PS: one more thing though... try to find ways to maintain a sustainable effort and development. From what I gathered here you run the risk of burn in a year or so if you keep pushing yourself too hard and you don't want to end up detesting training and putting away your gi. Relax from time to time, both physically and mentally. Remember training is a marathon not a sprint. Even a samurai wasn't training 24/7.

  4. Wow! Zara, this is amazing... Thank you so much for your wisdom and advice. I appreciate it! I do take time to relax, and in spite of the intensity that I bring to each class, I have plenty of days that I don't train, and I am pretty patient with myself. I am definitely in this for the long haul. Thank you again! :-)

  5. Frank, you should have seen me in my first class!!!! a total failure!!! first I was the oldest, the heaviest, the slowest, I'm not very flexible and I was laughing, don't ask me why, I guess nerves. At one point of the class, my mind just went, it was total blank........before the class even ended, I was kind of disappointed but then like a flash of light, it hit me, it was my decision to sign up, I knew it would be hard, really hard, and I still sign up, because I love it. And even though I was so critical of myself, EVERYONE thought I did good and that it would get better, HAAAAAAA what I really need is a BOB for moments like this!!! My advice, use your Bob!!!!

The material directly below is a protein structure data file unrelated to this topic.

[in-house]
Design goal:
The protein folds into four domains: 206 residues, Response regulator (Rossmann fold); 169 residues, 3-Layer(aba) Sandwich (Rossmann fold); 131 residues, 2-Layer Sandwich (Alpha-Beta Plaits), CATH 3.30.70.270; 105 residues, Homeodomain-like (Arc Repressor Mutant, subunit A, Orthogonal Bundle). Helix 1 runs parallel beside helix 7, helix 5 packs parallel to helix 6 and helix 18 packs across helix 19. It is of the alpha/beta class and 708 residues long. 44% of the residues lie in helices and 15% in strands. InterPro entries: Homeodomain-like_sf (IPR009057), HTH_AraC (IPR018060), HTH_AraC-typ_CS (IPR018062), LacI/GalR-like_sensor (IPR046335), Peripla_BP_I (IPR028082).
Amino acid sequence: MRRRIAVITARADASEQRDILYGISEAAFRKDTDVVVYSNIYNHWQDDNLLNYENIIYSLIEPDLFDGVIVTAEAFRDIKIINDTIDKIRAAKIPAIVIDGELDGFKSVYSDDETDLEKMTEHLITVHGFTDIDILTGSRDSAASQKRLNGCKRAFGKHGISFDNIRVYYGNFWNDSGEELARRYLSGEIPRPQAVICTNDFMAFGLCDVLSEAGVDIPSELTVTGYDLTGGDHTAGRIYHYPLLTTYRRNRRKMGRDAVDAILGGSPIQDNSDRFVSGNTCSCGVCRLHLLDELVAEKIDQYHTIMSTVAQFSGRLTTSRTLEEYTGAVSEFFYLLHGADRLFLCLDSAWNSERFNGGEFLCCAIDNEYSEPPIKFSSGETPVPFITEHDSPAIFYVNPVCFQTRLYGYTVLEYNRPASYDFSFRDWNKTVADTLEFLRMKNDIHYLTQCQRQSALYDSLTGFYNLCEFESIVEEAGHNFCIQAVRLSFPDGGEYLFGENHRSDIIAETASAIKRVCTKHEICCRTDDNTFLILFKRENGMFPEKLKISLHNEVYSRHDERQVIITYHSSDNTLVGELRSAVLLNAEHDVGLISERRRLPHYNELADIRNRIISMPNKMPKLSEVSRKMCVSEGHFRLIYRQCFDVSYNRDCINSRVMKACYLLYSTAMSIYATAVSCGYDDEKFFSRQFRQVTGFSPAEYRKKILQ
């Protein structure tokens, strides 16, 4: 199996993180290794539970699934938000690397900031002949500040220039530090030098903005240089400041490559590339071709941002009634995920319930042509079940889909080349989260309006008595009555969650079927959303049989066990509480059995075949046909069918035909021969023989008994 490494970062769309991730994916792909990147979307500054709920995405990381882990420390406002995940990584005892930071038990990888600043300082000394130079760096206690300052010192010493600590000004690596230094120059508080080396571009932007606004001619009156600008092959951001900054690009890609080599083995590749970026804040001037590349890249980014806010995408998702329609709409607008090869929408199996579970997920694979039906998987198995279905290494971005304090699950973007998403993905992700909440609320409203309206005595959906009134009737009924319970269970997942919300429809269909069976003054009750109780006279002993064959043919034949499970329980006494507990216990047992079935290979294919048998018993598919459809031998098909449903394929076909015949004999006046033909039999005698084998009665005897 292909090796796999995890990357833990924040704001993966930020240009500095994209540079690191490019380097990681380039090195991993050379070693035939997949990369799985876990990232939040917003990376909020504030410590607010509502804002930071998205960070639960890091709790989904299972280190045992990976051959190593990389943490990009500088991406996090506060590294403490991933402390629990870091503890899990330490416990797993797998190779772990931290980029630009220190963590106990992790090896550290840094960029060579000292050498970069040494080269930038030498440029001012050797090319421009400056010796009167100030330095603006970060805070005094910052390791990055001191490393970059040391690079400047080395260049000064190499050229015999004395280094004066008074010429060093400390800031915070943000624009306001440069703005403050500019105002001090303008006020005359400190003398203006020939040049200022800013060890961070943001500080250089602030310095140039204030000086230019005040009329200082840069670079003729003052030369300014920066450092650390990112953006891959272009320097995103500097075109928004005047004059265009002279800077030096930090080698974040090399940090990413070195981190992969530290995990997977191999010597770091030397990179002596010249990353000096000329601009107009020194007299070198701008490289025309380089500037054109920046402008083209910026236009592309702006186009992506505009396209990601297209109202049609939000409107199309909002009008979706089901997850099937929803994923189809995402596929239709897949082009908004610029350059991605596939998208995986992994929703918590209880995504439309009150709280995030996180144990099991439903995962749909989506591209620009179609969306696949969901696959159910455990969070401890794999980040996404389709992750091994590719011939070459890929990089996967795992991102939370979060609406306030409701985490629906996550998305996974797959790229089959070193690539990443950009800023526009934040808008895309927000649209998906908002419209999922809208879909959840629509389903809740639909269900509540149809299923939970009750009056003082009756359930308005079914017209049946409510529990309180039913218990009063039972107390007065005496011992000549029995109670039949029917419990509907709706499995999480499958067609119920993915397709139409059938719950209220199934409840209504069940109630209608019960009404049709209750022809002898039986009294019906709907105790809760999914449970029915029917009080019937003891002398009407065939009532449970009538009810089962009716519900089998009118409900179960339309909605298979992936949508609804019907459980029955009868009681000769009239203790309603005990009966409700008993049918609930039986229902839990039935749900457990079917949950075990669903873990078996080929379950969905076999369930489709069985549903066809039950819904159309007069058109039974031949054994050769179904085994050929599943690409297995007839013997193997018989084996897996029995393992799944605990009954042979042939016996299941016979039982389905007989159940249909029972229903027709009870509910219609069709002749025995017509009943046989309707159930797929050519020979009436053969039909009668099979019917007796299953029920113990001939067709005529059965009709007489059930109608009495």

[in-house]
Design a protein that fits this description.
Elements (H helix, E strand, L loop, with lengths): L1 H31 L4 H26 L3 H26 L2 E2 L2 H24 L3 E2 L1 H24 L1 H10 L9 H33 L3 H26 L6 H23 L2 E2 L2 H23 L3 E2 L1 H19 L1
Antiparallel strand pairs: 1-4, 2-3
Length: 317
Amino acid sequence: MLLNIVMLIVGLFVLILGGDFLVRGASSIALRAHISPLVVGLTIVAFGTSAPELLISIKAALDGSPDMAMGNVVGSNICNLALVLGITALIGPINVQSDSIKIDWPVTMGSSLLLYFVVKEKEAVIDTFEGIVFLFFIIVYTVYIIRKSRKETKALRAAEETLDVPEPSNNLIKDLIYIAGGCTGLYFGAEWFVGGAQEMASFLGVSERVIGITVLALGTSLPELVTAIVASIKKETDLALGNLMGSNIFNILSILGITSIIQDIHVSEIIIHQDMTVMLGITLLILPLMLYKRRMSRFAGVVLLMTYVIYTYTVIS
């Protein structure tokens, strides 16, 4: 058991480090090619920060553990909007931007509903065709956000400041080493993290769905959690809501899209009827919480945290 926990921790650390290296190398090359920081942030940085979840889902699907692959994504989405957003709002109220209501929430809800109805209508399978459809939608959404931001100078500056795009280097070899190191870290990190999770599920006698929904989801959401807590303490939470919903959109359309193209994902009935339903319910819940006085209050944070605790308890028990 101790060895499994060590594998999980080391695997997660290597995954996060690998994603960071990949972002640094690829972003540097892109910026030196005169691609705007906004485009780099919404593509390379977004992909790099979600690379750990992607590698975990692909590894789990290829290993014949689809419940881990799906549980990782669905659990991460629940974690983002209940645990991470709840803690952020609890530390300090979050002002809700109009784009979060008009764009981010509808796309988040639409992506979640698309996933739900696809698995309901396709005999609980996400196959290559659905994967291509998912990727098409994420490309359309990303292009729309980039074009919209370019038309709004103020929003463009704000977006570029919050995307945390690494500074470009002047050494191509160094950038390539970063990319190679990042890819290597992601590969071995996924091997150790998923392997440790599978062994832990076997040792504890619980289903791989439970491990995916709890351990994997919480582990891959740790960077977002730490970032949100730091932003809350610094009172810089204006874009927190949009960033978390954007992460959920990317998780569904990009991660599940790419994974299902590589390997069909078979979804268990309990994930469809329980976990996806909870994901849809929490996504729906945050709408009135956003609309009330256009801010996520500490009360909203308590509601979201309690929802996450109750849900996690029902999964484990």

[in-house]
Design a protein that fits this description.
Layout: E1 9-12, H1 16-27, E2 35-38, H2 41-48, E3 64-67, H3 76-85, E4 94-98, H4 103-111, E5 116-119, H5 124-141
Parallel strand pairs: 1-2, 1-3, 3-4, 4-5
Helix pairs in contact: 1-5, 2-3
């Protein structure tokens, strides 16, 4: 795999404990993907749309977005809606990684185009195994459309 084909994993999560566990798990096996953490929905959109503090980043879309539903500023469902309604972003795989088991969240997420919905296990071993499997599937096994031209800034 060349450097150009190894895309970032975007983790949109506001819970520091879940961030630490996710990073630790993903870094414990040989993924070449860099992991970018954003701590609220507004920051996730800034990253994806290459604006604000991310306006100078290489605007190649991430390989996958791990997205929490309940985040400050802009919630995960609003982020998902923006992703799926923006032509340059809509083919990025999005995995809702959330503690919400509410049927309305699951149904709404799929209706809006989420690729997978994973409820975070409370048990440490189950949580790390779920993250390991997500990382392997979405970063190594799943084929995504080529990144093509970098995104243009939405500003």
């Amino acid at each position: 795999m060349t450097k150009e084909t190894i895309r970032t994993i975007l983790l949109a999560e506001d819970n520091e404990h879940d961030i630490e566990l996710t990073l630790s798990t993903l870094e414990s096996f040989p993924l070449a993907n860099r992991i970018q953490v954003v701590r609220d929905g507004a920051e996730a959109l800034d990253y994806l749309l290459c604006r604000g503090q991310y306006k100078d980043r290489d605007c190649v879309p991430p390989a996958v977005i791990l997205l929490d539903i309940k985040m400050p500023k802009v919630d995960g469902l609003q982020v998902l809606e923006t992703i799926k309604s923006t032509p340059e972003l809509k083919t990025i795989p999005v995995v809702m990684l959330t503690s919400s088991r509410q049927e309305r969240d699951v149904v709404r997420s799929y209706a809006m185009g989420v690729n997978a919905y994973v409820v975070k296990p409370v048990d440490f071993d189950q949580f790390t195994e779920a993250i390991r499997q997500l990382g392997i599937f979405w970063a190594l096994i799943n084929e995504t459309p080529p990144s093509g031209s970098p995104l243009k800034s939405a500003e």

Thanks to you and all your encouragement I had the gut to do what I like and I'm learning so much from you and your friends advices, beautiful words of wisdom and from the heart from your friends James and Zara!!!! I'm so glad to be part of your Isshinriu Journey!

  6. Irma... I am so proud of you! In my class, I feel like the slowest one there. It's not about comparing yourself to others. In doing that, we always seem to sell ourselves short. Only compare you to YOU. Your first class is "Point A." From there, in the span of a few short weeks and months, you will be able to see just how far you've come. Your flexibility will get better, your muscles and mind will begin to make those wonderful neuron pathways so that they actually do what they are supposed to do, and your speed will improve.

    I am ecstatic for you!! :-)))


  7. P.S. And yeah... James and Zara are awesome, aren't they? :-))))

  8. P.S.S. Irma, you showed up to class. Everything else is just the cherry on top. Showing up and doing your best is always a success and NEVER a failure! :-)

  9. Thanks Frank!!!!!! I'm excited about my journey!!! :)))))